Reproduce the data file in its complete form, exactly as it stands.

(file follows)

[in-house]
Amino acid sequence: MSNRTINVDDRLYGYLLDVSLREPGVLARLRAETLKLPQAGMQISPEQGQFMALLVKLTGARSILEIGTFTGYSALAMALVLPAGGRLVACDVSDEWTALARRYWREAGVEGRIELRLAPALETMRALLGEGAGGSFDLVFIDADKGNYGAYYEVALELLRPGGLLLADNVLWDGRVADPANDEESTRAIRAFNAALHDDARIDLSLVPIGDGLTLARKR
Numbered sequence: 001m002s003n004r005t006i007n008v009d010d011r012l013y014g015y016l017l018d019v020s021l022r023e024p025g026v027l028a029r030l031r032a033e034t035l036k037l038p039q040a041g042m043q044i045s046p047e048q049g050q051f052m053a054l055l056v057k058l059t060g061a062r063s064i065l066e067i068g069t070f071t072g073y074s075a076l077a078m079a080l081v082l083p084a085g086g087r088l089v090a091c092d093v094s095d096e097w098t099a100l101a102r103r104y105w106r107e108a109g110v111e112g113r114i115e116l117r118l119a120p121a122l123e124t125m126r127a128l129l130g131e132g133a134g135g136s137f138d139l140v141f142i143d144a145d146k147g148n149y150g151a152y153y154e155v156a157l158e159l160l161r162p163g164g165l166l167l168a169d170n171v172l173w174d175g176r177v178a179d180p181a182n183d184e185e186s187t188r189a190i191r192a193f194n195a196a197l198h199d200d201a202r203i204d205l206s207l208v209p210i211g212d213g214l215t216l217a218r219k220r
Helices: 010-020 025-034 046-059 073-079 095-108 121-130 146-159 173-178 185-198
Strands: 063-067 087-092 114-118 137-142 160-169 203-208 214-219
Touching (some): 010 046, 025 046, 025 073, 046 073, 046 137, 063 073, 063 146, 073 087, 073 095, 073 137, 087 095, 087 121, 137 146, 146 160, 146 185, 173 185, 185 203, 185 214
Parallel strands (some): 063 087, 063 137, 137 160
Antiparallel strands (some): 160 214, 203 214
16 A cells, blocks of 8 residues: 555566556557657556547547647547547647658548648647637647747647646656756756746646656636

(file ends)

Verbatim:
[in-house]
Amino acid sequence: MSNRTINVDDRLYGYLLDVSLREPGVLARLRAETLKLPQAGMQISPEQGQFMALLVKLTGARSILEIGTFTGYSALAMALVLPAGGRLVACDVSDEWTALARRYWREAGVEGRIELRLAPALETMRALLGEGAGGSFDLVFIDADKGNYGAYYEVALELLRPGGLLLADNVLWDGRVADPANDEESTRAIRAFNAALHDDARIDLSLVPIGDGLTLARKR
Numbered sequence: 001m002s003n004r005t006i007n008v009d010d011r012l013y014g015y016l017l018d019v020s021l022r023e024p025g026v027l028a029r030l031r032a033e034t035l036k037l038p039q040a041g042m043q044i045s046p047e048q049g050q051f052m053a054l055l056v057k058l059t060g061a062r063s064i065l066e067i068g069t070f071t072g073y074s075a076l077a078m079a080l081v082l083p084a085g086g087r088l089v090a091c092d093v094s095d096e097w098t099a100l101a102r103r104y105w106r107e108a109g110v111e112g113r114i115e116l117r118l119a120p121a122l123e124t125m126r127a128l129l130g131e132g133a134g135g136s137f138d139l140v141f142i143d144a145d146k147g148n149y150g151a152y153y154e155v156a157l158e159l160l161r162p163g164g165l166l167l168a169d170n171v172l173w174d175g176r177v178a179d180p181a182n183d184e185e186s187t188r189a190i191r192a193f194n195a196a197l198h199d200d201a202r203i204d205l206s207l208v209p210i211g212d213g214l215t216l217a218r219k220r
Helices: 010-020 025-034 046-059 073-079 095-108 121-130 146-159 173-178 185-198
Strands: 063-067 087-092 114-118 137-142 160-169 203-208 214-219
Touching (some): 010 046, 025 046, 025 073, 046 073, 046 137, 063 073, 063 146, 073 087, 073 095, 073 137, 087 095, 087 121, 137 146, 146 160, 146 185, 173 185, 185 203, 185 214
Parallel strands (some): 063 087, 063 137, 137 160
Antiparallel strands (some): 160 214, 203 214
16 A cells, blocks of 8 residues: 555566556557657556547547647547547647658548648647637647747647646656756756746646656636